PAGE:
Queen's Palace

The Queen's Palace, which is part of a massive royal complex in Antananarivo's capital city, was built for Queen Ranavalona in the 17th century. Since then, the complex has been expanded by succeeding generations of monarchs, resulting in an intriguing mix of architectural styles.

While much of the interior was damaged by fire in 1995, the palace, adjoining chapel, graves and entrance are still worth taking a selfie in front of. Relics that have been salvaged are being kept within until the restoration is finished.


One of the fun things to do in Madagascar, you might want to learn how to kitesurf if you're looking for great excitement. La Case en Falafy Kitesurf is a kite surfing school in Ramena that will teach you the basics and then take you on a guided adventure.

You'll visit some of the island's most popular destinations, such as the Emerald Sea Lagoon, which has ideal wind conditions and lovely clear blue shallow seas. Kitesurfers of all levels are welcome and all equipment is provided.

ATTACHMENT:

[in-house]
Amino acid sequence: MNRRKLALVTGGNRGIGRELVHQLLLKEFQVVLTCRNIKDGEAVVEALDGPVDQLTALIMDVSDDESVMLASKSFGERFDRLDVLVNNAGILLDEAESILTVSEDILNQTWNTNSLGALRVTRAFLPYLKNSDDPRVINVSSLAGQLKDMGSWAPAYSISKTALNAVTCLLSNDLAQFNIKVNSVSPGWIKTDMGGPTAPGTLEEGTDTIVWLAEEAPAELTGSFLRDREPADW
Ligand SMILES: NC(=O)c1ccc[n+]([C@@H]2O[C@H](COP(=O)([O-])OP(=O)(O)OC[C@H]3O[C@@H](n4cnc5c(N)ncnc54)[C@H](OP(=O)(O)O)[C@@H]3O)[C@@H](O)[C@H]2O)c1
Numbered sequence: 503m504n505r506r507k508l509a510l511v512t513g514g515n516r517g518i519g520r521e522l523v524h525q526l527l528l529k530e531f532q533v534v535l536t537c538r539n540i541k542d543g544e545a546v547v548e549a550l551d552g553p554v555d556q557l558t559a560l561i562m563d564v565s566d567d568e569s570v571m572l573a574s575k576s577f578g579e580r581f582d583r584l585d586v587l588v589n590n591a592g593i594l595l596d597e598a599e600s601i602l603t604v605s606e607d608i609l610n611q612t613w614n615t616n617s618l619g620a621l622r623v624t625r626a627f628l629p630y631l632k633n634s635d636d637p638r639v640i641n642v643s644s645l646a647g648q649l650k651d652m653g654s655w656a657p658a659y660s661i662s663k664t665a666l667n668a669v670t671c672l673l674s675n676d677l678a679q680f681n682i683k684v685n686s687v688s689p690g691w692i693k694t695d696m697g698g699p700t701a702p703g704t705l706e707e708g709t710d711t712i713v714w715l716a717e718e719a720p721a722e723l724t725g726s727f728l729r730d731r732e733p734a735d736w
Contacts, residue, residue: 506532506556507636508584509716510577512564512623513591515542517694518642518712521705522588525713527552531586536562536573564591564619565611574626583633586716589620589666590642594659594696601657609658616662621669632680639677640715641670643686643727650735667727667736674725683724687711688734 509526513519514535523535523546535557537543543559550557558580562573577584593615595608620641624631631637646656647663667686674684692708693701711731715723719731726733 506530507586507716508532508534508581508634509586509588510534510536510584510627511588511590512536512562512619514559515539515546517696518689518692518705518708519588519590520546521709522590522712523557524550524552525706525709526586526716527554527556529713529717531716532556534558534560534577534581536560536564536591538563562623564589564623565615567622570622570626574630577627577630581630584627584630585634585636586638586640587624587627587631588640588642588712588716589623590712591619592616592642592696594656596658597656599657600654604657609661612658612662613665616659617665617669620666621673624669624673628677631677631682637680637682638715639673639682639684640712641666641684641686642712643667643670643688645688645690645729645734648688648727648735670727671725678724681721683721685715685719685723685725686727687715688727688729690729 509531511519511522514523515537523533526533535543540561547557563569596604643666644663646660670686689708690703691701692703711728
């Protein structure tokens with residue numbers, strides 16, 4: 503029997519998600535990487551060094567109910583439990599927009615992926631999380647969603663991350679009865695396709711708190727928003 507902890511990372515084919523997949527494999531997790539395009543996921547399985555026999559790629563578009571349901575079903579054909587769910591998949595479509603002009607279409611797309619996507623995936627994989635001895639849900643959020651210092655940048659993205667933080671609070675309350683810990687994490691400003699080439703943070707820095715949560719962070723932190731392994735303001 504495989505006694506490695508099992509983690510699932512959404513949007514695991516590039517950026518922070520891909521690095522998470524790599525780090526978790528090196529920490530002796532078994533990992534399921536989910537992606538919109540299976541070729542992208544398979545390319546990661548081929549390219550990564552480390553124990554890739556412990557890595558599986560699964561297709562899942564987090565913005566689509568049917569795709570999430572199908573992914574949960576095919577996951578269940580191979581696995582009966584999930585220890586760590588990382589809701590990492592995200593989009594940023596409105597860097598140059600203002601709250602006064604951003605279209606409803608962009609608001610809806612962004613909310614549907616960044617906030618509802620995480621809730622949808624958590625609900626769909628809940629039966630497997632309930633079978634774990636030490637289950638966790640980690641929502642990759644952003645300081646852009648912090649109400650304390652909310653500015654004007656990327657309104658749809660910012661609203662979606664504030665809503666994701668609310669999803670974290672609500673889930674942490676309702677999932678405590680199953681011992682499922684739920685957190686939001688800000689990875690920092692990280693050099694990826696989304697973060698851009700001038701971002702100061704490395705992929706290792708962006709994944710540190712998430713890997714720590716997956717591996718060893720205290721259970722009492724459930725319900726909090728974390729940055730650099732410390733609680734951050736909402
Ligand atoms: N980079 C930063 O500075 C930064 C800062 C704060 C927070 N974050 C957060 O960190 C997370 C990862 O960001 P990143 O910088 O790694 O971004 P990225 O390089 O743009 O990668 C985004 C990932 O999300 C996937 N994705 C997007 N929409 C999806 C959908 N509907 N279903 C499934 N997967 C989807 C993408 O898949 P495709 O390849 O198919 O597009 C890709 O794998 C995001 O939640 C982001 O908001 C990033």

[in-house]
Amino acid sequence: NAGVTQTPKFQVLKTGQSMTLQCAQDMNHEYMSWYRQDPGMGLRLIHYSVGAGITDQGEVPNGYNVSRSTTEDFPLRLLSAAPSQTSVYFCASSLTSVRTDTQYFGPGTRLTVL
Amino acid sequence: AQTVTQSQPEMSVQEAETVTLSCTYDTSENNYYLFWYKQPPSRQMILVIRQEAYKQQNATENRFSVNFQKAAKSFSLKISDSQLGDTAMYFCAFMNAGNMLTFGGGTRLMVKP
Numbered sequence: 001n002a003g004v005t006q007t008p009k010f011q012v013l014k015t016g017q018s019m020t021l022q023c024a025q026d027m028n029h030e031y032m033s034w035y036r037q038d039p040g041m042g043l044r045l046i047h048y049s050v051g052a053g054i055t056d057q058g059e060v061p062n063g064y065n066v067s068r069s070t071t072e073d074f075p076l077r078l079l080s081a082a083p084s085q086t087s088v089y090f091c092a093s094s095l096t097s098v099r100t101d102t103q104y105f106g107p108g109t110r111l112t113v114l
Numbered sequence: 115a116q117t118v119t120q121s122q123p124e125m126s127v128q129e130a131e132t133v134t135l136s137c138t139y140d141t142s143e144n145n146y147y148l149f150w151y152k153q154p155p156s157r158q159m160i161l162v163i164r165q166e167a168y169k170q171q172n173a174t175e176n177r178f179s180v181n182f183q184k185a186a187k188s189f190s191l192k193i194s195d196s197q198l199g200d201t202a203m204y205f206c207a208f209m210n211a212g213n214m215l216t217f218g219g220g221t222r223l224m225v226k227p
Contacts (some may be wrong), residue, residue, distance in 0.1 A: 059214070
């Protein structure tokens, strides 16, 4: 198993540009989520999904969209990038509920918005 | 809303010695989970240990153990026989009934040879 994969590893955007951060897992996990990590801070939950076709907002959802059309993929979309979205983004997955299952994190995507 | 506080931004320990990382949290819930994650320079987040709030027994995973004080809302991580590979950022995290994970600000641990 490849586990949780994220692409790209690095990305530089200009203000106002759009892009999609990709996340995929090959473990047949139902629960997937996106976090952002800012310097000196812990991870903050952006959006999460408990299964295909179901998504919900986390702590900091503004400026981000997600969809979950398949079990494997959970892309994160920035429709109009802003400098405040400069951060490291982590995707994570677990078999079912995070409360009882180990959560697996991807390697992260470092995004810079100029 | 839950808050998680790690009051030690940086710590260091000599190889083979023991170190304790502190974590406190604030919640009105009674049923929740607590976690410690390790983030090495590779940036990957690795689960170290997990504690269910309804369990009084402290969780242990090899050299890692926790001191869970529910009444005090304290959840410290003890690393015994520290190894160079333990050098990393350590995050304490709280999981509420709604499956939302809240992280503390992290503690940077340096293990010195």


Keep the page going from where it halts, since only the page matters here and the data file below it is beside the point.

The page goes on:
Things to do in Madagascar like going to the beach

The Manakara Express

The Manakara Express runs from Manakara on the island's southeast coast to Fianarantsoa in the mountains during the French colonial era. The 87-mile journey can take up to 16 hours, and while it isn't luxurious by any means, it is an excellent way to see one of the world's most biodiverse places. Cross roughly 70 bridges, pass through four dozen tunnels and go through breathtaking canyons and tropical rainforest. The locals will be selling fish, cakes, and fresh fruit at each station.

While these are some of the things to do in Madagascar while you're vacationing, there is still a lot to do and see. This place is rich in history, beauty, and greens. You name it, they have it. Meet the locals, get to know them, try the local cuisine and be astonished. You can simply say that the population of Madagascar is unique in its own way. 

Just like the animals, the people have been living here isolated for a long time, which has led to traditions and a fascinating culture that’s not like anything else on this planet. We hope that you will consider this list and add these things to your list next time you travel to Madagascar.